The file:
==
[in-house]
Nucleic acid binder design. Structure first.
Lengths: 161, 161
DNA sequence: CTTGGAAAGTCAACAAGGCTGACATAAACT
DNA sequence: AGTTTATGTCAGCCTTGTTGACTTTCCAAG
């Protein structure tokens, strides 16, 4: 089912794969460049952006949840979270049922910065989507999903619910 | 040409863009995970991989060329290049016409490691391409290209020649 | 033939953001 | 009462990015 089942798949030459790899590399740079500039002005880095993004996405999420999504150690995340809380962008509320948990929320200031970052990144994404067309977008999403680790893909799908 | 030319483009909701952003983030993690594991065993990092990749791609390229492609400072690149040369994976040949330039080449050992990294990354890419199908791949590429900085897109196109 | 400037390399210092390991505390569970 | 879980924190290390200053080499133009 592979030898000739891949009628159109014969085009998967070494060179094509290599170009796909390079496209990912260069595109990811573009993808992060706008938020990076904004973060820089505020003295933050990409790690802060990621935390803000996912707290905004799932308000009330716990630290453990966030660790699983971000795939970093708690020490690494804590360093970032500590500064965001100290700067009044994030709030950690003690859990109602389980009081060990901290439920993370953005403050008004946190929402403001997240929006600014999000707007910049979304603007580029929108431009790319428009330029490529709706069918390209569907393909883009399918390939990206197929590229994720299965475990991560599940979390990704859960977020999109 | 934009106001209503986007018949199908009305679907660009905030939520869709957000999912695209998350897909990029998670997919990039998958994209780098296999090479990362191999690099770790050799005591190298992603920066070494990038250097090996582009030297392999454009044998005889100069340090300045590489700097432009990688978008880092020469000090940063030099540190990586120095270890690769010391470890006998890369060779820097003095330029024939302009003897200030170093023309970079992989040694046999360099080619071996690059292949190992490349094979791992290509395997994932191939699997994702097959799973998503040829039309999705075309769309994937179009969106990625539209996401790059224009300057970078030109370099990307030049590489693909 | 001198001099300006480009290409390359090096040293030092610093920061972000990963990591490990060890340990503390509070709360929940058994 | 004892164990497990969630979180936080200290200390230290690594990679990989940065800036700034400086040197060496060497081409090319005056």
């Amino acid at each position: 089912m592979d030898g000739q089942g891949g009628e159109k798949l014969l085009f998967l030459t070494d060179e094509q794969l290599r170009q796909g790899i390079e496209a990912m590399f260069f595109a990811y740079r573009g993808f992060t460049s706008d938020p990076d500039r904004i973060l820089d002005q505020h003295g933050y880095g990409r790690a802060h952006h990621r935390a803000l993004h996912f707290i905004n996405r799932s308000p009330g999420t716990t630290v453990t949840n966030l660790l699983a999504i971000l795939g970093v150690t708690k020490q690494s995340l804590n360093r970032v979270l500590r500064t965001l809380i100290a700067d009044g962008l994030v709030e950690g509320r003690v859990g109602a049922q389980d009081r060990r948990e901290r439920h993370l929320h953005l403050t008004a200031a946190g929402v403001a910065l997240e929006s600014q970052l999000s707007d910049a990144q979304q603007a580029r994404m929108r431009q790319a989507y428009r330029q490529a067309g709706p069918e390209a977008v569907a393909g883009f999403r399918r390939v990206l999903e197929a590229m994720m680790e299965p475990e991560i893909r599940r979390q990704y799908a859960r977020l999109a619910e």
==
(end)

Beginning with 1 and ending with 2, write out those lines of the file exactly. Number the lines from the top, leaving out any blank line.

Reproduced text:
[in-house]
Nucleic acid binder design. Structure first.